Derived from the name of the father of the original bearer, indicating the "son of Waldrap." The Germanic personal name Waldrap, is a short form of Walraven, a name used mostly among nobles, knights, and patricians.
Wanamaker German (Anglicized), Dutch (Anglicized)
Americanized form of Wannemacher. A famous bearer is the British-American actress Zöe Wanamaker (1949-), as well as her father, actor and director Sam Wanamaker (1919-1993).
Wannemacher German, Dutch
Occupational name for a maker or seller of baskets, particularly winnowing baskets or fans, derived from Middle High German wanne literally meaning "winnowing basket" and macher meaning "maker"... [more]
Warmbier German
Metonymic occupational name for a brewer, derived from Middle Low German warm meaning "warm" and ber meaning "beer".
Warnecke German
North German from a pet form of the personal name Warner, Low German form of Werner.
Warneke German
German variant spelling of Warnecke.
Warnke German
German variant of Warnecke.
Warns Dutch, German
Dutch habitational name from places so named in Friesland and Overijssel. The one in Friesland was the site of a famous victory of Frisians over the Hollanders in the 14th century. ... [more]
Warthen German
German: from a short form of the personal name Wartold, from Old High German wart ‘guardian’.
Wäscher German
Occupational surname for a washer, from Middle High German waschen, weschen "to wash".
Wasser German, Jewish
Topographic name from Middle High German wazzer "water".
Wassermann German
German cognate of Waterman 2. occupational name for a water-carrier or a topographic name from Middle High German wazzar "water" and man "man"... [more]
Waterhouse German
Old German and Dutch locational name meaning “a house by water.”
Wax German, Jewish, English
German and Jewish variant and English cognitive of Wachs, from Middle English wax "wax" (from Old English weax).
Waxman English, German (Americanized), Jewish (Americanized)
Occupational name for a seller or gatherer of beeswax from wax "wax" plus Middle English man "man". According to the Oxford English Dictionary wax-man is an obsolete term for an officer of a trade guild who collected contributions from members for wax candles to be used in processions... [more]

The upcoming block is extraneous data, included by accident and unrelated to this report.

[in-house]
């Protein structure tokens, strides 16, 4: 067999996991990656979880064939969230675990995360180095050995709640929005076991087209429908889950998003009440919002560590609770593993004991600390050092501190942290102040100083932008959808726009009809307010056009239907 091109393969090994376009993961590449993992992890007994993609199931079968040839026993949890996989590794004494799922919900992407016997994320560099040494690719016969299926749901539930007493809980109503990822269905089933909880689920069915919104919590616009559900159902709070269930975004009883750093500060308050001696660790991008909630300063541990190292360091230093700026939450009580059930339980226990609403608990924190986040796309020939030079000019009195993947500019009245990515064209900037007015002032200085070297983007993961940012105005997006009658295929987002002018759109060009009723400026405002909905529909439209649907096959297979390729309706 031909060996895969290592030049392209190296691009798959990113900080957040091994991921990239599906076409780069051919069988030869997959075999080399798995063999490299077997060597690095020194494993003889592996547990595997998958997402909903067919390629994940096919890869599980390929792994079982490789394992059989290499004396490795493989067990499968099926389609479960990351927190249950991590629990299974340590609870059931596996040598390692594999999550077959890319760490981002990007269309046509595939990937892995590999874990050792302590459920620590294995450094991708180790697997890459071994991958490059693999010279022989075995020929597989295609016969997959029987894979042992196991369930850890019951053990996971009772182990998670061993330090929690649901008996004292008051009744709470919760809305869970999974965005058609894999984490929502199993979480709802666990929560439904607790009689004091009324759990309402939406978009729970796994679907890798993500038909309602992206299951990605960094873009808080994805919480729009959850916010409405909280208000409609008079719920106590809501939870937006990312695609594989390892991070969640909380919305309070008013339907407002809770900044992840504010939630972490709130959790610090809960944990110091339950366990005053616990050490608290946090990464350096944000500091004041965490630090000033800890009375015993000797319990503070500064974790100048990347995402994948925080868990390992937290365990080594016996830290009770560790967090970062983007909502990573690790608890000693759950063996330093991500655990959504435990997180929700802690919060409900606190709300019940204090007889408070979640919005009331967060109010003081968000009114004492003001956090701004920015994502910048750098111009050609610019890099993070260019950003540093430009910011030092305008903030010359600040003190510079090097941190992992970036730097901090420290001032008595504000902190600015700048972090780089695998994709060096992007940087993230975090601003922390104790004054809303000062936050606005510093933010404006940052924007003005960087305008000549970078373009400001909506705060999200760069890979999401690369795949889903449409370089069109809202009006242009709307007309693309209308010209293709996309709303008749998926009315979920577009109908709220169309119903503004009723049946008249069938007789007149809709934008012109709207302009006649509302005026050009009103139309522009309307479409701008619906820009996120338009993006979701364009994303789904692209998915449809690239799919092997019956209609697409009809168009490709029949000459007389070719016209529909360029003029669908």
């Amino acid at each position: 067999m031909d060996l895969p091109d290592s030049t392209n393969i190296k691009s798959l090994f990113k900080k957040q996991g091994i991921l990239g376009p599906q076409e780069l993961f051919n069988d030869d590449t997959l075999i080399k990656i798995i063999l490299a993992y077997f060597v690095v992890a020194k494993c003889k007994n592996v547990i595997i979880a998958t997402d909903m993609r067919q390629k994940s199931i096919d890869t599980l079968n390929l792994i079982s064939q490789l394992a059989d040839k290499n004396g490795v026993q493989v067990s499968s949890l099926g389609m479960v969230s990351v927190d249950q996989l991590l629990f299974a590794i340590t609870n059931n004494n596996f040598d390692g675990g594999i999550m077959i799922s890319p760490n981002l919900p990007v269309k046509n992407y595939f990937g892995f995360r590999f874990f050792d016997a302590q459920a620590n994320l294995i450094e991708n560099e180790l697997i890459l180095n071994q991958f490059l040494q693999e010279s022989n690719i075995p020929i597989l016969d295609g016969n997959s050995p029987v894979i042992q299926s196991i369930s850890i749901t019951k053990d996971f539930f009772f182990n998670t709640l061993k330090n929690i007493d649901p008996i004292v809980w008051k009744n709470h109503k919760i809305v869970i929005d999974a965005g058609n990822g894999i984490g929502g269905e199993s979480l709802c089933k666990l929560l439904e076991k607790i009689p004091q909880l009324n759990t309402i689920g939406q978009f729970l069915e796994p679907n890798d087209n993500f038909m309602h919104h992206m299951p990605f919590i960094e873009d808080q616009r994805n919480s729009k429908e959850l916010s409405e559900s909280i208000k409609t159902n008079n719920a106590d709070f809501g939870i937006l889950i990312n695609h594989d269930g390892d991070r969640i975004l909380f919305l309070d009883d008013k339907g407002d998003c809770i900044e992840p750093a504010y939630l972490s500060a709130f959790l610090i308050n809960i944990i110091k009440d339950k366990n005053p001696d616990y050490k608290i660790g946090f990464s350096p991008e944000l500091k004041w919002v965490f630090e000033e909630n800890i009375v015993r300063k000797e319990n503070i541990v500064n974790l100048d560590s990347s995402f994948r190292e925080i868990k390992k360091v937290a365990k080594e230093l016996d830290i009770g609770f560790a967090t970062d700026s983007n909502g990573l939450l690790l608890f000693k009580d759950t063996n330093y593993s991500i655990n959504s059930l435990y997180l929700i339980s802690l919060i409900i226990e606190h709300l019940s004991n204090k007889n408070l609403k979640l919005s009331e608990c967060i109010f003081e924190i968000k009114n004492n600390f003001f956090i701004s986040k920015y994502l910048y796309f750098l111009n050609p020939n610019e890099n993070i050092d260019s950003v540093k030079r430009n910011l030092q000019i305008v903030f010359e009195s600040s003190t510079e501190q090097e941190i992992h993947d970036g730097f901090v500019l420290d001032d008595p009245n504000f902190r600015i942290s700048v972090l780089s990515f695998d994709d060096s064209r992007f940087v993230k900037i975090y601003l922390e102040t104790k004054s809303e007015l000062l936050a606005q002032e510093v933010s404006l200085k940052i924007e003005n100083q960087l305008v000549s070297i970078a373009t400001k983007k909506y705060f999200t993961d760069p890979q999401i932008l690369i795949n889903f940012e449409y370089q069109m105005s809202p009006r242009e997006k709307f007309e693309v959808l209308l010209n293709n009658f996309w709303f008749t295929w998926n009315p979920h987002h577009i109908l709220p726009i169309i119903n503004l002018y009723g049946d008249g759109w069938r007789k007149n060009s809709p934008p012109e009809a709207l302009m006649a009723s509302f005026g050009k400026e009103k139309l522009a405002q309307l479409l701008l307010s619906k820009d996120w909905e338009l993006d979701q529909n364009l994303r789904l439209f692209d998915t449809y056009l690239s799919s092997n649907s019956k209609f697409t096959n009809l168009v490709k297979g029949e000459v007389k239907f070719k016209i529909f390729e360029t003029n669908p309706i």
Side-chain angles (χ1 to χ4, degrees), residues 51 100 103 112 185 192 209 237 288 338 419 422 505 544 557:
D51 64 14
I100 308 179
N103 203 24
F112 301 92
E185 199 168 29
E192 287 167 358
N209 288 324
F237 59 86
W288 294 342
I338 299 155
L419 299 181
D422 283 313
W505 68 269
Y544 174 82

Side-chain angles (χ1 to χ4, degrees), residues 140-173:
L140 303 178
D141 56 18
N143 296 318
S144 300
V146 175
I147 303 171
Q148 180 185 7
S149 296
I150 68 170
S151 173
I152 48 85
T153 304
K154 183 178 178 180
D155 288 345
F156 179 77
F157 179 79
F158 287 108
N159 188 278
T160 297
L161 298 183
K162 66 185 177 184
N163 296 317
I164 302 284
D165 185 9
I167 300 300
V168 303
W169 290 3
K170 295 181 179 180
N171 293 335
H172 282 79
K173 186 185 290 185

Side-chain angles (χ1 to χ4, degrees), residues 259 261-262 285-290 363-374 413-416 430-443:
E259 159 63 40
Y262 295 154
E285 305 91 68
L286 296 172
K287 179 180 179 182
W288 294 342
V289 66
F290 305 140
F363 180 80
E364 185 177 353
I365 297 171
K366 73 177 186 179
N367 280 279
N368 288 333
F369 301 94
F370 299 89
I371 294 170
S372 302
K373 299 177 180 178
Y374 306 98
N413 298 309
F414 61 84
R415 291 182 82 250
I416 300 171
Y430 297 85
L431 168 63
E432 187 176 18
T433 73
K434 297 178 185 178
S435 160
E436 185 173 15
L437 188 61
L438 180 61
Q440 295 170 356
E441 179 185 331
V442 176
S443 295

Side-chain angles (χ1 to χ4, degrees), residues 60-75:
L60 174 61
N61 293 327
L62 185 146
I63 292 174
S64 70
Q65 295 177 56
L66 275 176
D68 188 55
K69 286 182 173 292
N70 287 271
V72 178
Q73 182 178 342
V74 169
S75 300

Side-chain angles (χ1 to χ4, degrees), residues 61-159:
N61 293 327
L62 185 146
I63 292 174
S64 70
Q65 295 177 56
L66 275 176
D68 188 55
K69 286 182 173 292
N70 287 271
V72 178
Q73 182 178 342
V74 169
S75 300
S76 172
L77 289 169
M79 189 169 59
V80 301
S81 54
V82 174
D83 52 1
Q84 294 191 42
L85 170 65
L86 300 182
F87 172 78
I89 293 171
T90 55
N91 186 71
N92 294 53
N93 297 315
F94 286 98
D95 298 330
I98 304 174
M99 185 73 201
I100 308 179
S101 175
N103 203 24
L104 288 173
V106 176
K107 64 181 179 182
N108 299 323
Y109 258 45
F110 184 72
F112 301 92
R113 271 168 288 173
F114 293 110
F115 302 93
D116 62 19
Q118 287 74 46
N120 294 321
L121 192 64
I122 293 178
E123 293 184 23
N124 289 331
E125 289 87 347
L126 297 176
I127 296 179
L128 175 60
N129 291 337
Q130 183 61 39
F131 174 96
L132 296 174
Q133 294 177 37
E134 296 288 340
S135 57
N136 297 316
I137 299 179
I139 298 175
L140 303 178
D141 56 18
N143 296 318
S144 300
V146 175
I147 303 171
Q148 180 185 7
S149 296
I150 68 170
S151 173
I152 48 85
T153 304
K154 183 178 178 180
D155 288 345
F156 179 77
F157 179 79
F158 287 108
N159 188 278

Wechter German
Variant spelling of German Wächter
Wehmann German
From Middle Low German wede, "wood forest" combined with man, "man"
Weichmann German
From the given name Wigman. Derived from ancient Germanic wig "battle fight" and man "man".
Weide German
Either a topographic name for someone who lived by a conspicuous willow or by a group of willow trees from Middle High German wide "willow"... [more]
Weidmann German
Name meaning, "hunter".
Weigel German
Derived from the given name Wigand.
Weiher German
Meaning:... [more]
Weil German, Jewish
South German and Jewish (Ashkenazic): habitational name from any of various places so named in Baden, Bavaria, and Württemberg, from Latin villa ‘country house’, ‘estate’ (later used of a group of houses forming a settlement).
Weiler German, Jewish
Habitational name from any of several places so named in southern Germany. Jewish (Ashkenazic): variant of Weil.
Weimar German
Habitational name from any of several places called Weimar in Hesse and Thuringia.... [more]
Wein German, Yiddish, Hungarian
Means "grape, vine, wine" in German and Yiddish (װײַנ). According to Nelly Weiss, Wein-style family names originated from signboards (house sign, house shield) in Jewish communities. Wein may also be related the German verb weinen meaning "to cry"... [more]
Weinbach German, Jewish
From the name of a commune in Hesse, Germany.
Weinberg German, Jewish
Weinberg means "Vineyard" in german.
Weinbrenner German
Occupational name for a distiller of brandy, literally 'wine burner'.
Weinel German
From the name Wino.
Weingartner German
Derived from German weingärtner meaning "wine maker, vintner", which itself is derived from German weingarten meaning "vineyard". The latter is a composite word consisting of German wein "wine" combined with German garten "garden"... [more]
Weinheimer German
German: habitational name for someone from any of the places named Weinheim, for example in Baden and Hessen.
Weininger German (Swiss), Jewish
Denoted a person from Weiningen, a municipality in the Canton of Zürich, Switzerland. It is also a Jewish ornamental name derived from German wein meaning "wine" and the suffix -inger.
Weinkauf German
From "wein kaufen" meaning "buy wine" or "wine-buyer"
Weinland German
Topographic name for someone who lived in a wine-producing area from Middle High German win "wine" and land "land" or a habitational name from a place so named.